Ostby v. Manhattan School District Number 114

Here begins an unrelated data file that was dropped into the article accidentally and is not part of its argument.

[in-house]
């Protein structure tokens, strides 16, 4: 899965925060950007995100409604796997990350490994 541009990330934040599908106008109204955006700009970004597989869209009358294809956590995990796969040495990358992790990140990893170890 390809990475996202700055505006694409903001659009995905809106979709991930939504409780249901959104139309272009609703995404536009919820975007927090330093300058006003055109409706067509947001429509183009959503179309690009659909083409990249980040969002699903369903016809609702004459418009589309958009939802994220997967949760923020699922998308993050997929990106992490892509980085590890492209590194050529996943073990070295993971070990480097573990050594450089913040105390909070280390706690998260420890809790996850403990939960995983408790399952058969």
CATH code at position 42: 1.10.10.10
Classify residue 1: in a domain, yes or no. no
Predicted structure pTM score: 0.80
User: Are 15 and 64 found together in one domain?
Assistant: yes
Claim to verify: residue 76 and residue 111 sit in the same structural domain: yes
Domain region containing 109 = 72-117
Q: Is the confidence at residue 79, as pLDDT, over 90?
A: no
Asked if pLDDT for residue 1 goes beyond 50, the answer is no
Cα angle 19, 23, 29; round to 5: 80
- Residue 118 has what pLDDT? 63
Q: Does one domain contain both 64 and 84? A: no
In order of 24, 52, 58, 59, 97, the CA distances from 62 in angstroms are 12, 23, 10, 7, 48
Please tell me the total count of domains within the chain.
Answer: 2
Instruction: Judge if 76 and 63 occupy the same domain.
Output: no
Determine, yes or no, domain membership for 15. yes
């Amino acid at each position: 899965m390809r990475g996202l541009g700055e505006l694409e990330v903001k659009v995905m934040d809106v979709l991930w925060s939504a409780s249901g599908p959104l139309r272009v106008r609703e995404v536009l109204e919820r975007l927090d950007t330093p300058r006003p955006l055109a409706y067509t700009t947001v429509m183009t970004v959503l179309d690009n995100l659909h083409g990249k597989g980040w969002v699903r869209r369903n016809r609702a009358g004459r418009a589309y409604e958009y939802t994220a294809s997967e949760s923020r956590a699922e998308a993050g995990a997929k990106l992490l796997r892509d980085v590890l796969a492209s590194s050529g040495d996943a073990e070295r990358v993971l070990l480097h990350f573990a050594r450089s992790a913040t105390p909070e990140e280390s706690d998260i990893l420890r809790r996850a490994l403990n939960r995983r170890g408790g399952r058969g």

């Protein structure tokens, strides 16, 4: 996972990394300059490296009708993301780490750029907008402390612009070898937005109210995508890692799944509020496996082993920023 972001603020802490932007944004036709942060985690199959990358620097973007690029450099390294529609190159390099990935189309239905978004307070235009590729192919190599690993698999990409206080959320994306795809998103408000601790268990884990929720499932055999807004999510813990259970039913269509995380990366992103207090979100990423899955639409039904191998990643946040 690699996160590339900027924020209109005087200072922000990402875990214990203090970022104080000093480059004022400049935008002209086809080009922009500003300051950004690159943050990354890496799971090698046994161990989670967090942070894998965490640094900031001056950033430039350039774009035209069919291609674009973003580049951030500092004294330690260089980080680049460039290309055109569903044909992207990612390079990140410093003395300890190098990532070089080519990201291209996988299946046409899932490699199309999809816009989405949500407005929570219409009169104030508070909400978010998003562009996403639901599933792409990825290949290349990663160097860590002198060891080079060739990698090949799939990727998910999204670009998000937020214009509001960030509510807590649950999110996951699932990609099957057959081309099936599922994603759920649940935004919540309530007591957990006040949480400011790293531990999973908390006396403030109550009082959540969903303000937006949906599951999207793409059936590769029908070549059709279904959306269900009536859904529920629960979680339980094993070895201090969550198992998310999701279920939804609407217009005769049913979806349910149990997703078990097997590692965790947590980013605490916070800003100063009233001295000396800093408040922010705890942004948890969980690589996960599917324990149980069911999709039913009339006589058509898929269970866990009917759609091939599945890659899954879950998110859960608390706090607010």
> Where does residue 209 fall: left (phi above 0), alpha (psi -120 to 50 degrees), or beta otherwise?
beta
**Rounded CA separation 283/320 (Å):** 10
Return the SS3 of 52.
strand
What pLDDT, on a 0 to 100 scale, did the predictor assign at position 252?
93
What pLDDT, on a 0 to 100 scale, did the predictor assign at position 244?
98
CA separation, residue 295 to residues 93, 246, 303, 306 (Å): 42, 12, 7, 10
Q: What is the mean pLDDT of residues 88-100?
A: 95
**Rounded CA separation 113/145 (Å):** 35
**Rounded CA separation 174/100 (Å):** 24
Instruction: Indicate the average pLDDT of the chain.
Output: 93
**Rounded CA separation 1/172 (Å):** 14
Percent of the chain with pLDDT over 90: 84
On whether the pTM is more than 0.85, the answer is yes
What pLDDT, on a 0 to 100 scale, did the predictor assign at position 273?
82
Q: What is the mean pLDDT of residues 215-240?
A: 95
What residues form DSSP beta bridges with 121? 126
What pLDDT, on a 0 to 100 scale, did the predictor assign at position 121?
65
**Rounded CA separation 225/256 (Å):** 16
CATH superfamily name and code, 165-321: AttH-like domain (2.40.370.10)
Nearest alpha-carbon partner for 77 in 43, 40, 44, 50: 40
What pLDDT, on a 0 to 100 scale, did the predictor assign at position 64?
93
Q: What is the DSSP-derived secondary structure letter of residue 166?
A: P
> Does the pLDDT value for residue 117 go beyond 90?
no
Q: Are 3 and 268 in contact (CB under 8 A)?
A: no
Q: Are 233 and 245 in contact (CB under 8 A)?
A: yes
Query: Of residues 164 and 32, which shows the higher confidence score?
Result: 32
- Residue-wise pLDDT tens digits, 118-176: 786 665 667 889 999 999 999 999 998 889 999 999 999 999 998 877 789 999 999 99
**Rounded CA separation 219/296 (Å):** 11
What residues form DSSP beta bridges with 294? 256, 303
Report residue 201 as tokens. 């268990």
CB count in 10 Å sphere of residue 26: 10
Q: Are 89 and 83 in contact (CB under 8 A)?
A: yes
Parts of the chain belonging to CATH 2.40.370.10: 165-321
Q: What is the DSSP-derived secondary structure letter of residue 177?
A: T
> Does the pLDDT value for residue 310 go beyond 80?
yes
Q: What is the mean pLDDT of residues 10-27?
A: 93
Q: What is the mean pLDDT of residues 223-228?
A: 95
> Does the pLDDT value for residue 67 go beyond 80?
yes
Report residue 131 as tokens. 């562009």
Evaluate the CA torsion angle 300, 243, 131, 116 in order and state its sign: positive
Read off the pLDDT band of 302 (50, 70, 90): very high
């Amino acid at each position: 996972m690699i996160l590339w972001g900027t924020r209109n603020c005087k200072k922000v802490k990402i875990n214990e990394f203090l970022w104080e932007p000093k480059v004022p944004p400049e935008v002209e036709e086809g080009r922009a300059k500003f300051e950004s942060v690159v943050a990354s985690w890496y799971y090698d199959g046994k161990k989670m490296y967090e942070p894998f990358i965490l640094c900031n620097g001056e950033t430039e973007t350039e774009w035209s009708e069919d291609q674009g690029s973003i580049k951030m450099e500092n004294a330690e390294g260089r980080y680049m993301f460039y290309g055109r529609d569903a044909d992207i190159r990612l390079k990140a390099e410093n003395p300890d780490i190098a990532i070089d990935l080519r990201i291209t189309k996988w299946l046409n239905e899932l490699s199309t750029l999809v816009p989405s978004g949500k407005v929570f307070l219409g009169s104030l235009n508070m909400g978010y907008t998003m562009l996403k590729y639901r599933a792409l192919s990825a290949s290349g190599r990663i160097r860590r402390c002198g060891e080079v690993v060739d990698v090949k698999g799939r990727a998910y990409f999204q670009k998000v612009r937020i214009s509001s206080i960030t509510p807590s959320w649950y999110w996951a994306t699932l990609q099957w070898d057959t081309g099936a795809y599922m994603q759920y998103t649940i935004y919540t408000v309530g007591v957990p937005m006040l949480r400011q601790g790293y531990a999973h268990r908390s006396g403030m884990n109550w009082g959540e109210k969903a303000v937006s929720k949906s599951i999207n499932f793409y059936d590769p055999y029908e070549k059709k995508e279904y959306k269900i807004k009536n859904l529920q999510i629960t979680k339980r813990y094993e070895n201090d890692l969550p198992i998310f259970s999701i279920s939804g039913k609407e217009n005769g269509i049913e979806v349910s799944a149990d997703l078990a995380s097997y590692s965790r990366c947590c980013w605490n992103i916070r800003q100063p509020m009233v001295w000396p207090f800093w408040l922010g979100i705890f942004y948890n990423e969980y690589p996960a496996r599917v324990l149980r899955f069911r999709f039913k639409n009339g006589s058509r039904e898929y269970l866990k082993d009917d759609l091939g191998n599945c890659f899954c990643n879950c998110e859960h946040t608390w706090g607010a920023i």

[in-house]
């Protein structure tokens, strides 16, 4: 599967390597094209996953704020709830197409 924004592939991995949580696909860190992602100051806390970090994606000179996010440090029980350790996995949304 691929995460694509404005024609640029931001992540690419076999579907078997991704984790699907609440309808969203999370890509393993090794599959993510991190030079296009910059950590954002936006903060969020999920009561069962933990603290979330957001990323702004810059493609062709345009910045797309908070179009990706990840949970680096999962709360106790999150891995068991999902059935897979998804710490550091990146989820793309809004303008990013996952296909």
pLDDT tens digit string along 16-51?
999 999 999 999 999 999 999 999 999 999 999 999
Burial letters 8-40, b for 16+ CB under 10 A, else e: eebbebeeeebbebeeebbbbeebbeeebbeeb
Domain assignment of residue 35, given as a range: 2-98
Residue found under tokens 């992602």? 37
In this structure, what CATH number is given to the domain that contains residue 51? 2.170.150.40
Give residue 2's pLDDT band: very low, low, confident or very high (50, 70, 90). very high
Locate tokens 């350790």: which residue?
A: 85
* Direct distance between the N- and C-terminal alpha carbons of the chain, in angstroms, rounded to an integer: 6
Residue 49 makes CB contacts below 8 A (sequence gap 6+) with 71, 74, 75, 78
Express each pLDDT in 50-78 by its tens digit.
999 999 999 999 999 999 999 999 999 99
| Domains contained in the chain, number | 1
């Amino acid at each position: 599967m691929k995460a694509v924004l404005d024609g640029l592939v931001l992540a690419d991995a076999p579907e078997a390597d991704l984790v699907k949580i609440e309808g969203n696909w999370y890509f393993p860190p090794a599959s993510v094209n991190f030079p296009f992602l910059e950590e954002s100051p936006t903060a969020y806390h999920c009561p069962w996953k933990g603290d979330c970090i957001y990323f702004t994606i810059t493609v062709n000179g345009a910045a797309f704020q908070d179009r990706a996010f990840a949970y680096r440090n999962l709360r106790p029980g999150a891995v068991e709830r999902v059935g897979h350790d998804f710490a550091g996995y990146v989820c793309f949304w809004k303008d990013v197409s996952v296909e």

Jacob has Attention Deficit Hyperactivity Disorder and Disruptive Mood Dysregulation Disorder and requires an Individualized Education Plan. He repeated kindergarten in a general education classroom with additional support. Jacob’s second year of kindergarten included several behavioral disturbances. His parents disagreed with recommendations to change his placement and services and filed a due process complaint, 20 U.S.C. 1415(b). After additional testing, the parents and their psychologist with the District. Some of Jacob’s services were discontinued and a Behavioral Intervention Plan was adopted. The District recommended that Jacob be placed in the Social Emotional Learning Foundations program (SELF). Jacob’s parents objected and SELF-placement was not adopted. Jacob struggled with the new Plan, The District sought to place Jacob in SELF, in a different district, over his parents’ objections. Jacob’s parents believed that SELF was more restrictive than necessary and that he should remain in general education in his home district. The Act maintains the placement status quo until the complaint is resolved, so Jacob was never moved to SELF. The district court affirmed an administrative decision, concluding that the District met the Act’s substantive requirement of providing Jacob with a free appropriate public education. The Seventh Circuit vacated, reasoning that the matter is moot because Jacob is in third grade and the parties have reached agreement regarding his third-grade placement. View "Ostby v. Manhattan School District Number 114" on Justia Law